The fact of the matter is, we are the only ones who can truly understand what it is like for ourselves. Once we accept that, we can stop looking for others to "understand", simply because they cannot.  How could they, unless they were born with the same genetics, had the same parenting and life experiences, and thought about everything exactly the same way?  Even identical twins could both look at a red flower, and one could say it reminds them of love and is fragrant, while the other could say it reminds them of blood and stinks horribly.

 

One thing we can all understand, though, is that no other person really understands, which is where spiritual beliefs fill the gap for many of us. Bottom line though, we are alone, and we die alone, except for conjoined twins who share the same brain.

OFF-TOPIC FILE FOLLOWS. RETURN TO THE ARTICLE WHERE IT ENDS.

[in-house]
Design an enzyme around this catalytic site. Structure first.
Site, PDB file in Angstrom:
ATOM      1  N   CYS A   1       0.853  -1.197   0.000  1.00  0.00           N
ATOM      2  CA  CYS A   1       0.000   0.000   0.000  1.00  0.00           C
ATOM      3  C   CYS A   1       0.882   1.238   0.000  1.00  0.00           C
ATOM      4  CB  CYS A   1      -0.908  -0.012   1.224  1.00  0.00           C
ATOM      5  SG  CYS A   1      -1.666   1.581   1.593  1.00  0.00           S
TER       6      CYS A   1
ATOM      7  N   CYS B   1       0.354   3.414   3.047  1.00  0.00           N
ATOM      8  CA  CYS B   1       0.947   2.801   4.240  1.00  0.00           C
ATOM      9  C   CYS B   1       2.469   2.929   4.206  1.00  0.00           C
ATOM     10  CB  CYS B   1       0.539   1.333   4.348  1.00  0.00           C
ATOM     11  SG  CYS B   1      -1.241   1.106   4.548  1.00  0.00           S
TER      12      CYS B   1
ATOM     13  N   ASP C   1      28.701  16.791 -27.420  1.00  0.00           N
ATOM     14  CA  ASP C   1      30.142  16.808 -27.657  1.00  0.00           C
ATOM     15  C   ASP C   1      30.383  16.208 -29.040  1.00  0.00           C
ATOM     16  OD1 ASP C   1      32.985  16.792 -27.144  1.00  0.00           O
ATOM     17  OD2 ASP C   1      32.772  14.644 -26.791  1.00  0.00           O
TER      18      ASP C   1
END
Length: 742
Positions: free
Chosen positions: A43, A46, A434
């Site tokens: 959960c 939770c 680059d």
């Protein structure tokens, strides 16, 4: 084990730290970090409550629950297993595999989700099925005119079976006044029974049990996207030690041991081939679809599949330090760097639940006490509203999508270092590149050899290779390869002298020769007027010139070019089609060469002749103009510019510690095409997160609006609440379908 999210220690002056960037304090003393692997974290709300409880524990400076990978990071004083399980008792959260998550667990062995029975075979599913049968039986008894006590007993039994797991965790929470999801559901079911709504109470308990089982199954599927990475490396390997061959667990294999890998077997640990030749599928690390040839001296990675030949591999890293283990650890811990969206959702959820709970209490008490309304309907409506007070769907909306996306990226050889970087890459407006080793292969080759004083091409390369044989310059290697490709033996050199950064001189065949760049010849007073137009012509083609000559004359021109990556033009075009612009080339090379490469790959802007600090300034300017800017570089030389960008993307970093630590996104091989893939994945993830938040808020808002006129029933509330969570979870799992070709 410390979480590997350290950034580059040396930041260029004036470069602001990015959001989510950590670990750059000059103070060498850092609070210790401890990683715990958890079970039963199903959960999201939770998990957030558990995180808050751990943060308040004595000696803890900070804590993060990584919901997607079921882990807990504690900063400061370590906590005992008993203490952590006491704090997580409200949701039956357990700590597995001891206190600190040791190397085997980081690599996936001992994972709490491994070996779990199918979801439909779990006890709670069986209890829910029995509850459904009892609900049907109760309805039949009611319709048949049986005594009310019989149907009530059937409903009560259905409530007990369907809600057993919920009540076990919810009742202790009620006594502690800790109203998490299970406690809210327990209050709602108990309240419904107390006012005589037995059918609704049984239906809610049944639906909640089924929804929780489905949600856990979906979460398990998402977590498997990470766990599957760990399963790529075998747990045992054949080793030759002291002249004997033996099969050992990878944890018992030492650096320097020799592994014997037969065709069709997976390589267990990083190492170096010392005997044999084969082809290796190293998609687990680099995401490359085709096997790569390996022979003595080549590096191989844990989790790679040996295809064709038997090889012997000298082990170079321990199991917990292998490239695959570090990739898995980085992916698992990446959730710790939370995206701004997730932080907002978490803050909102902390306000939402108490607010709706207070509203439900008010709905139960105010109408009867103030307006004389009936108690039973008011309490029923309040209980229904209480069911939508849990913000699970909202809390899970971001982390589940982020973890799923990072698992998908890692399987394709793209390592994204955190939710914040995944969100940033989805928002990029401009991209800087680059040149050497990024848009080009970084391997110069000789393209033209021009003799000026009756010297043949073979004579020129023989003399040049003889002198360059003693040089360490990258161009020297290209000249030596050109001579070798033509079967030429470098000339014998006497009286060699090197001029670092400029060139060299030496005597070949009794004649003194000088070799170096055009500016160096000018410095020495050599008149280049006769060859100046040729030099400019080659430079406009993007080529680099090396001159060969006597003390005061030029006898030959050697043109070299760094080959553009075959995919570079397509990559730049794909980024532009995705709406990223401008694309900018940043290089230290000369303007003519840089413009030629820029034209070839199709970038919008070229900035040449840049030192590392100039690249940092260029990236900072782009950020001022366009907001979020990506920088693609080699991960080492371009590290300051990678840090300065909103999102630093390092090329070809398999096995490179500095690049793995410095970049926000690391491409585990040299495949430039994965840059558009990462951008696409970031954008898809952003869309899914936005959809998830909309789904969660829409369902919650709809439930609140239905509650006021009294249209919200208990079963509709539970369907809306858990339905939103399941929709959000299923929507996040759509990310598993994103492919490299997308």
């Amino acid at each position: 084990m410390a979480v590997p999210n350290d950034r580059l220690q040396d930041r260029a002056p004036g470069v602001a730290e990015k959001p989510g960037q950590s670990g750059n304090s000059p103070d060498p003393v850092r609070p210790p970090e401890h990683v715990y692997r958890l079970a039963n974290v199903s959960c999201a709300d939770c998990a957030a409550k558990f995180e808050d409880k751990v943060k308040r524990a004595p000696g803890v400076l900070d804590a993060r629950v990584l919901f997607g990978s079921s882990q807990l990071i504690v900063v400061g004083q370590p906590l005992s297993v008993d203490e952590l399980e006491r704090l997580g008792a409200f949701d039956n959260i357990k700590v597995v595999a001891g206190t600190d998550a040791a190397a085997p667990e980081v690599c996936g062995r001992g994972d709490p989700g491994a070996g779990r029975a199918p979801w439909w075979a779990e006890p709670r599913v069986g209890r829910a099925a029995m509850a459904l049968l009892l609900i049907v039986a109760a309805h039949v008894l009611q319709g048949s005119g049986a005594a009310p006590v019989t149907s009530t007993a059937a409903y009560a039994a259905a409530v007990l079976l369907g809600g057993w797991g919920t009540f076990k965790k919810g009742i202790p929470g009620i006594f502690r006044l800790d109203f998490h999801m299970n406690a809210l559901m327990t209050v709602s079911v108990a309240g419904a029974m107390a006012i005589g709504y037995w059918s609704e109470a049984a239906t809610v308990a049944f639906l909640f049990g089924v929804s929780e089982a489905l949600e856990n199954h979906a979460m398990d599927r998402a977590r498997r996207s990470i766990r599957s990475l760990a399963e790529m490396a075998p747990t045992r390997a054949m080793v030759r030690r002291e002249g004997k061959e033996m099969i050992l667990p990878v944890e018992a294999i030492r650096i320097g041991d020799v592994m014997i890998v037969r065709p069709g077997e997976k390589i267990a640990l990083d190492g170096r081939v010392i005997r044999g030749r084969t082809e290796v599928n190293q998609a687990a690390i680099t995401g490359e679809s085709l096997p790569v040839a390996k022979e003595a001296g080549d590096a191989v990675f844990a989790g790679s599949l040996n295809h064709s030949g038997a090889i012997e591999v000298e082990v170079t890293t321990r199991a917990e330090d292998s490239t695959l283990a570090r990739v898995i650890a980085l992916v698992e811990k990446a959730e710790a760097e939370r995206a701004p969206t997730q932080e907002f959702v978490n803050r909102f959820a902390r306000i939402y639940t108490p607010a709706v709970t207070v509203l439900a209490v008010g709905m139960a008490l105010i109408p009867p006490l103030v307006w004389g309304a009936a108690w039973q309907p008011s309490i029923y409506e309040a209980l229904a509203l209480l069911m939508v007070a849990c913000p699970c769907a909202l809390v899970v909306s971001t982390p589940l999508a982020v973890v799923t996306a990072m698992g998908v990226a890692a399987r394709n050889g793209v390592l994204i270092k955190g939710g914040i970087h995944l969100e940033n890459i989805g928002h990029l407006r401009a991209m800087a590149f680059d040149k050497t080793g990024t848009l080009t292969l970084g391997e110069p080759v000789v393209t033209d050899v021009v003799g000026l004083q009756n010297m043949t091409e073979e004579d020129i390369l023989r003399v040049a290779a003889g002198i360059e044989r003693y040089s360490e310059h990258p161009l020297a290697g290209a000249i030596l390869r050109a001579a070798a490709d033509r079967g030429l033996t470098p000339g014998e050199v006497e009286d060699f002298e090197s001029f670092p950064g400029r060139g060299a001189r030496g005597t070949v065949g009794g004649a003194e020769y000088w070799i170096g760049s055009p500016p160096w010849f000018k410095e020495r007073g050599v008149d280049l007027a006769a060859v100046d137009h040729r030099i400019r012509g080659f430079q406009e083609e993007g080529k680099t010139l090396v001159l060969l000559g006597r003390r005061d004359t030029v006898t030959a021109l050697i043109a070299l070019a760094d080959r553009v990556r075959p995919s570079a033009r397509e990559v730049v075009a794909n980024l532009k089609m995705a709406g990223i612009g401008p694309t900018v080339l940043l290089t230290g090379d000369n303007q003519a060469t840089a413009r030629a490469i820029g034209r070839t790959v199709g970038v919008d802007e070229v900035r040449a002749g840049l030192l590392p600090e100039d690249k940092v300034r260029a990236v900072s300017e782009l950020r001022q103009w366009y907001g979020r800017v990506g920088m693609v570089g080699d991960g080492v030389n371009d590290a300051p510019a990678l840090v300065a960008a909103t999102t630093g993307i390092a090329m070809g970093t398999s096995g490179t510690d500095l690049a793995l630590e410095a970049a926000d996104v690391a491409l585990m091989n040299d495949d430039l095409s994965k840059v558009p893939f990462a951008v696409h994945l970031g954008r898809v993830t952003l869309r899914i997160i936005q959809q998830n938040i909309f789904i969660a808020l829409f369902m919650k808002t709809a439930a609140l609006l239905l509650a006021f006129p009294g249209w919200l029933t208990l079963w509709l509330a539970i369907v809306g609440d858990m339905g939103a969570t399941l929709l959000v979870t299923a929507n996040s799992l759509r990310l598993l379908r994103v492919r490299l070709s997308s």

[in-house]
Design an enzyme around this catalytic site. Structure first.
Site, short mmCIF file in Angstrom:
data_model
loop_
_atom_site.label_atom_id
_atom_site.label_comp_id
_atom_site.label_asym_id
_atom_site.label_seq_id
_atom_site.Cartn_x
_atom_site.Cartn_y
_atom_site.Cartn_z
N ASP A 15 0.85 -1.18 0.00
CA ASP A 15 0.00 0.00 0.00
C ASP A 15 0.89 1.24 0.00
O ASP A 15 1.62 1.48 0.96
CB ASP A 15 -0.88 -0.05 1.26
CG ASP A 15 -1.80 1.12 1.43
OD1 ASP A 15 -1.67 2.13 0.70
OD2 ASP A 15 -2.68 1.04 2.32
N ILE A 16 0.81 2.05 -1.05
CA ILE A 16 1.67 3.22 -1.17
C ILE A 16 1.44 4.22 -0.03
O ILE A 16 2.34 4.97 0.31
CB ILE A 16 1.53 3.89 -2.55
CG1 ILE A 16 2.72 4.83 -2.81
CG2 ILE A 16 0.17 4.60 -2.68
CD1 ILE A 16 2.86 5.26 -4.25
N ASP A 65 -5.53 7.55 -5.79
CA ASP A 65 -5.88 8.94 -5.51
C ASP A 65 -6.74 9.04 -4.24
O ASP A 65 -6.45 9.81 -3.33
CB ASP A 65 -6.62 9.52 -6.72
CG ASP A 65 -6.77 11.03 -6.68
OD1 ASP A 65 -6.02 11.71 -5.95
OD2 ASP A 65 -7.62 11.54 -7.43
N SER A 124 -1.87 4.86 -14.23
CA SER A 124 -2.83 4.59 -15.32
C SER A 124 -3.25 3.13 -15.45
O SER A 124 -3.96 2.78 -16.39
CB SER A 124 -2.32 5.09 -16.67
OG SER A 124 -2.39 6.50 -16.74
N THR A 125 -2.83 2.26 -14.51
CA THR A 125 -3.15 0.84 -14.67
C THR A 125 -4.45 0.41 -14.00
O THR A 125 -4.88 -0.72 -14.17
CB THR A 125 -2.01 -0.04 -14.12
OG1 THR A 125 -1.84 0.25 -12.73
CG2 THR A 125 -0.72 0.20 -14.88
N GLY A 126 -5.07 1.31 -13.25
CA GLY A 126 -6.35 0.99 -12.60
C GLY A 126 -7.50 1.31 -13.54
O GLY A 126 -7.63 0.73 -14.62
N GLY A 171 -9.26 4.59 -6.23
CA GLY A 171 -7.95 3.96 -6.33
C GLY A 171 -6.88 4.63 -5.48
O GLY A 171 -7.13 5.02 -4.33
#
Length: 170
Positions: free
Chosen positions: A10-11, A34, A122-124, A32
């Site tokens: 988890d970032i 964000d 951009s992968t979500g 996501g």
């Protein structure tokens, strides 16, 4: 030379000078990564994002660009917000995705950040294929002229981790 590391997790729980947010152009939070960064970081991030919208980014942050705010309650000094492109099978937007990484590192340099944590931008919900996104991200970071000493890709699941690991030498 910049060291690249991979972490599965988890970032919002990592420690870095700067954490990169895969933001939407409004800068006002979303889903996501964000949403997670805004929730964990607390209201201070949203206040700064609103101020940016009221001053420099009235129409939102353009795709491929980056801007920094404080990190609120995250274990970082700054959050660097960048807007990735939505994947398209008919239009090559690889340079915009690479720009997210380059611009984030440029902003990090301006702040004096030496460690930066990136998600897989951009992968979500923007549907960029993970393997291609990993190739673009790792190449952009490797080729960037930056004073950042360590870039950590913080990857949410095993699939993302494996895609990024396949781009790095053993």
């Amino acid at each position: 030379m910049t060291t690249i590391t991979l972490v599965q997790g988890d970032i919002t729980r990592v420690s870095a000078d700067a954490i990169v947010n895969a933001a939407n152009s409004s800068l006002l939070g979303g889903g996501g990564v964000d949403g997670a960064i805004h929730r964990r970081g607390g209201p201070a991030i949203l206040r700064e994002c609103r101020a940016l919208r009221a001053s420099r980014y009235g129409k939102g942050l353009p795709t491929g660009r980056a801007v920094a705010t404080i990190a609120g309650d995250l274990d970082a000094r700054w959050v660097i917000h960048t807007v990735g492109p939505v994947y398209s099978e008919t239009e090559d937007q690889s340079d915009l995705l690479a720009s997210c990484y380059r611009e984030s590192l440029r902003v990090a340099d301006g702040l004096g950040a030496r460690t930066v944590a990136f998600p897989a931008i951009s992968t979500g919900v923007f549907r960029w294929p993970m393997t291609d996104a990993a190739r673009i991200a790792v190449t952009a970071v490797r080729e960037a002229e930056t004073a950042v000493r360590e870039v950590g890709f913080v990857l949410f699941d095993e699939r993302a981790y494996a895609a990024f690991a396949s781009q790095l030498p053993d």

Also, I am pretty sure you realize this already and that you don't waste much time and energy harboring a lot of unrealistic expectations. I think you just used a common reference, and that you really are not looking for understanding from your doctor.

 

My perhaps rash conclusion to this is that you were probably actually hoping for a little more logic.  Like, a rational discussion of the possible side effects of the medication you are on and help deciding whether you should hunker down and grin-and-bear-it with the side effects, or try another treatment. You did not want your doctor to skip out of the whole issue with an easy-breezy blame-the-patient discussion, as though you were wasting their time trying to describe what you think are likely medication side effects.

 

You have us for understanding, sympathy, empathy, compassion, and all that stuff, at least, we give it our best shot, same as you do for us.